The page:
5. We are no longer “in Adam” but we have passed from death to life and are now “in Christ.” These are totally different realities, and never the twain shall meet. Baptism is the clear line of demarcation that we are no longer in Adam but instead in Christ. What was true of us “in Adam” is no longer true of us “in Christ.” We are new creatures in Christ. – chapter 5

6. Now that we know we’ve died and risen with Christ and therefore reckon ourselves dead to sin and alive to God, the proper response is for us to present ourselves to God as instruments of righteousness, for His service. Nee refers to presenting ourselves to God in this way as “consecration.” – chapter 6

7. God’s purpose in all this goes beyond mere redemption. Man’s sin and redemption was actually a detour in God’s eternal plan for man and the world. God’s eternal purpose is to have many sons who are conformed to the image of Christ, and to bring these many sons to glory. – chapter 7

8. We fulfill the righteous requirements of the law not by trying to keep the law, but through walking by the Spirit. Acts 2 shows us that the Holy Spirit was poured out on all the people of God as a result of Jesus’ exaltation to the right hand of God. Therefore, just as we can know we have died and risen with Christ, we can also know that if we have trusted in Christ then we have received the gift of His Spirit. It is not a matter of feelings but of trust in the finished work of Christ and belief in the promise and Word of God. – chapter 8

9. Not only have we been delivered from sin through the death of Christ, but we have also been delivered from the Law. We are now dead to the Law and alive to God. – chapter 9

10. The Law is not fulfilled in us by trying to keep the law, but by walking in the Spirit. Not only are we in Christ, but Christ is also in us through His Spirit. The Holy Spirit enables us to fulfill the righteous requirements of the Law. Walking in the Spirit does not equate to effort on our part, but simply to recognizing that our flesh has been crucified and allowing the Holy Spirit to do His work in and through us. – chapter 10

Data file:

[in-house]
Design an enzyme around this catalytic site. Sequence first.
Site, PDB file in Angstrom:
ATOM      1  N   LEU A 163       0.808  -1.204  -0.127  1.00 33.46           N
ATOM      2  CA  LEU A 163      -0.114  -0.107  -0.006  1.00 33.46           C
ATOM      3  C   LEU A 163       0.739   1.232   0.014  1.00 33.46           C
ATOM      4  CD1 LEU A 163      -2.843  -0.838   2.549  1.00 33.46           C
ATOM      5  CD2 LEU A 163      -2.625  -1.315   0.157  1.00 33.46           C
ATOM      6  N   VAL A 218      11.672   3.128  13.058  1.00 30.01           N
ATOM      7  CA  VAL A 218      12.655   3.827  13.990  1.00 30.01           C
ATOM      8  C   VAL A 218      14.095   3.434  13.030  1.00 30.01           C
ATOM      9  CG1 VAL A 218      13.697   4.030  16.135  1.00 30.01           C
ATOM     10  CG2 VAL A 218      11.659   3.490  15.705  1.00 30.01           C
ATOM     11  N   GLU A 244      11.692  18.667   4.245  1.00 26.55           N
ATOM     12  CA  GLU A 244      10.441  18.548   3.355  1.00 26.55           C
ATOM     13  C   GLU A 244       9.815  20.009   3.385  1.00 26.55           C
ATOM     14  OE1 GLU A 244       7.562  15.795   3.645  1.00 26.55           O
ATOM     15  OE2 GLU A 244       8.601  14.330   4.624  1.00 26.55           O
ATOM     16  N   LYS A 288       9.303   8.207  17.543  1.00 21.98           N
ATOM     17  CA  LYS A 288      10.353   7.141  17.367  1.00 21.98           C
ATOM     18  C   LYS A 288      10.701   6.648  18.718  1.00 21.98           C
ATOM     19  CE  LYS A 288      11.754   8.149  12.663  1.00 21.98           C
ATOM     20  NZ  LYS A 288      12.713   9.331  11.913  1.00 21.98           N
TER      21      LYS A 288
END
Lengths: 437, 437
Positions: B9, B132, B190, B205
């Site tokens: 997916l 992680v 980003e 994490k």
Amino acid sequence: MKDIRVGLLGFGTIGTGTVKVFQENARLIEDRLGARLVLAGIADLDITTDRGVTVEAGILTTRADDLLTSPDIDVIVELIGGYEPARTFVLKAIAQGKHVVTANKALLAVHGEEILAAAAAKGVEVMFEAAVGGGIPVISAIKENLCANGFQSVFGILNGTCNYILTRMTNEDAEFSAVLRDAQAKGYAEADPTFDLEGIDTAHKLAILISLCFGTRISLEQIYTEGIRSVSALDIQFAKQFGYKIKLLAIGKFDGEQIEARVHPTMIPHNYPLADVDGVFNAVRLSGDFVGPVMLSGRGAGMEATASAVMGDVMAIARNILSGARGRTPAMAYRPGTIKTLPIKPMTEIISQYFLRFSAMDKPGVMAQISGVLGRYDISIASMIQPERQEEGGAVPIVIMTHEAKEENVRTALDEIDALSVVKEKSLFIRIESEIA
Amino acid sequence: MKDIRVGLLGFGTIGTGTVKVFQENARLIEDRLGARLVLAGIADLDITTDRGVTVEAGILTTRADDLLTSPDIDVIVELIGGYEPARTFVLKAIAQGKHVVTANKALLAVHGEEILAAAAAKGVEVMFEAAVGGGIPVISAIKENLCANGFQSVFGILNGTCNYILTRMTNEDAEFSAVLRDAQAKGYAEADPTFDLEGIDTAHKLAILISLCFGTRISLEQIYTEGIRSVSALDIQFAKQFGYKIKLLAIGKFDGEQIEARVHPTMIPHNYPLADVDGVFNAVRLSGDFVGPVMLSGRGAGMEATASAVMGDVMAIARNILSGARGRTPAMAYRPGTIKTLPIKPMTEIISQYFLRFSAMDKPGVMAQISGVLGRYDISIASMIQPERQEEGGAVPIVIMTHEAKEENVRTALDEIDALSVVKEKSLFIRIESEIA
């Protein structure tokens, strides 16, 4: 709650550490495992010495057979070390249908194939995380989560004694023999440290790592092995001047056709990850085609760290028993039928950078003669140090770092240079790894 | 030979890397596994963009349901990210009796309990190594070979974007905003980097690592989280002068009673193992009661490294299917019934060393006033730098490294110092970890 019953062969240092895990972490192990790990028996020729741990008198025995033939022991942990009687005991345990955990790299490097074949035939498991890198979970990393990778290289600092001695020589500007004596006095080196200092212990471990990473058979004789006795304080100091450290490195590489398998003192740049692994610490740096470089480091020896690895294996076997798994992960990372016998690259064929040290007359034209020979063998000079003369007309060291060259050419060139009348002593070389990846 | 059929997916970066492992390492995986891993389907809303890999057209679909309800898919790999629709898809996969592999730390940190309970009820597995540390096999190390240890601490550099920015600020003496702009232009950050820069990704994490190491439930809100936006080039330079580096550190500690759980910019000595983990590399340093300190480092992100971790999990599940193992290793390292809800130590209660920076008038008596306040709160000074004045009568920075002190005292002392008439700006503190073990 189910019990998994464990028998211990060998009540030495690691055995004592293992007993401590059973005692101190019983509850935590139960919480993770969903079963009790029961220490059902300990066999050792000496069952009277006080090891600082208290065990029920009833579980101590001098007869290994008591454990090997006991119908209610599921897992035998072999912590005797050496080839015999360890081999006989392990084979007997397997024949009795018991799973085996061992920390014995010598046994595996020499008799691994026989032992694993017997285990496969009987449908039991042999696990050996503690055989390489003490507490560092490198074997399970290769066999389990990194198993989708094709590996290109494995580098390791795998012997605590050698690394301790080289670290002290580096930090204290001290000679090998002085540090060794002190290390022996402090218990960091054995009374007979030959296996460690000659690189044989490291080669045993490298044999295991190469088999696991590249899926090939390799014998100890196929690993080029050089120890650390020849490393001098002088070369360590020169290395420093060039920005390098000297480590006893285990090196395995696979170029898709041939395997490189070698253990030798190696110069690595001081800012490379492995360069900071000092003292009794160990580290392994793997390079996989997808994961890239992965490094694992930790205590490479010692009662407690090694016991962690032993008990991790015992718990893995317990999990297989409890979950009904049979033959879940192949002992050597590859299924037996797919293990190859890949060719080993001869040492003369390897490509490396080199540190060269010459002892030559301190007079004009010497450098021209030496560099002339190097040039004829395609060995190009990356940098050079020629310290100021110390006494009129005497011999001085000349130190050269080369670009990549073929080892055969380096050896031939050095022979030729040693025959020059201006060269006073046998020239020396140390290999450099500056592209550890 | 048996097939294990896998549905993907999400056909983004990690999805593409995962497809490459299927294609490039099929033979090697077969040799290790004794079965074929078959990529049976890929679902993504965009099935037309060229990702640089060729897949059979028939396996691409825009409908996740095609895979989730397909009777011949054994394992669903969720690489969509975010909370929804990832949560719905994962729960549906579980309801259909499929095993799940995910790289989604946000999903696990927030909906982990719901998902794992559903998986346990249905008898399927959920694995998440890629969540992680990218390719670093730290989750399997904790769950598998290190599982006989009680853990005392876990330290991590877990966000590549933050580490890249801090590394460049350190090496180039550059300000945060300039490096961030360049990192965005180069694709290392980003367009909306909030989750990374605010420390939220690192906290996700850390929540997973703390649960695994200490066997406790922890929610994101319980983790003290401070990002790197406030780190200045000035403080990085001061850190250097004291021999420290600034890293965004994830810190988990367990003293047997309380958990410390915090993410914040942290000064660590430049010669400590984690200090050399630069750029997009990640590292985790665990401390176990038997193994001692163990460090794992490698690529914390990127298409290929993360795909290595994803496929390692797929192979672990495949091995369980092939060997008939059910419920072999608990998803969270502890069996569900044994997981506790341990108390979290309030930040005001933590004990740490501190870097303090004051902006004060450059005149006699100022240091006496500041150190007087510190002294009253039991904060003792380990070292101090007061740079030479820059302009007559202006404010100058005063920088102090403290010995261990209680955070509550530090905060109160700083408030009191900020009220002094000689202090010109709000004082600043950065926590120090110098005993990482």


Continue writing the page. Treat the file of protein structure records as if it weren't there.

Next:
11. Another part of Christ’s eternal purpose is that He would have a Body to express his life (p. 210). This purpose of God shows us that redemption was not God’s original intent for man, because sin was not part of God’s original intent for man. Instead, redemption was a restorative measure to bring humanity back in line with God’s original purpose, which was to have a glorious church, a body, through which to express His life. – chapter 11

12. Because Adam chose the Tree of the Knowledge of Good and Evil rather than the Tree of Life, man developed an independent self-life which caused the human soul to become more developed than God ever intended. God never meant for man to live independent of Him. Therefore sinful man has the capacity to live life on his own and to depend on the power of the soul rather than on the power of God. Even a Christian has to guard against relying on the over-developed power of his soul to serve God rather than relying on the power of the Spirit. A Christian’s task is to walk by the Spirit, not live and work in the power of his soul. Therefore the believer has to choose to take up his cross daily, which consists of making a conscious decision in every situation to live and move in the power of the Spirit rather than relying on his soul power. Instead he must allow the soul to be crucified by resisting the temptation to rely on his soul and instead relying on the Spirit. – chapters 12 and 13

13. We may be tempted to think that time and energy spent ministering to God is a “waste.” We may think we should not “waste” precious time and energy in “idle” tasks like prayer, worship, and Bible reading. But ministering to God is more important than ministering to people. It is not a waste for us to pour out ourselves at the feet of God. Martha’s busy service is contrasted with Mary sitting at the Lord’s feet. The author invites us to “waste” ourselves in ministry to God. – chapter 14

The Normal Christian Life is not an easy read, but it’s a very worthwhile one. I recommend you take the time to read and digest this significant work from one of the great saints and church leaders of the 20th century.

Signs of the Times: What the End Times Will Look Like

This post is the conclusion to a series I’ve done on the end times over the previous 7 posts.  To read the entire series, please go to “Home” above and then scroll down to see Parts 1-7.

Washington in Great TribulationAs I said previously in this series, I believe Jesus’ words on the end times, found in Matthew 24, Mark 13, and Luke 17 & 21, are the key to understanding what the Bible teaches about the last days.  I believe the Old Testament prophecies on the end times, such as those found in Ezekiel and Daniel, as well as the New Testament book of Revelation and the apostle Paul’s teaching on the last days, should all be interpreted in light of Jesus’ own words in the Gospel passages mentioned above.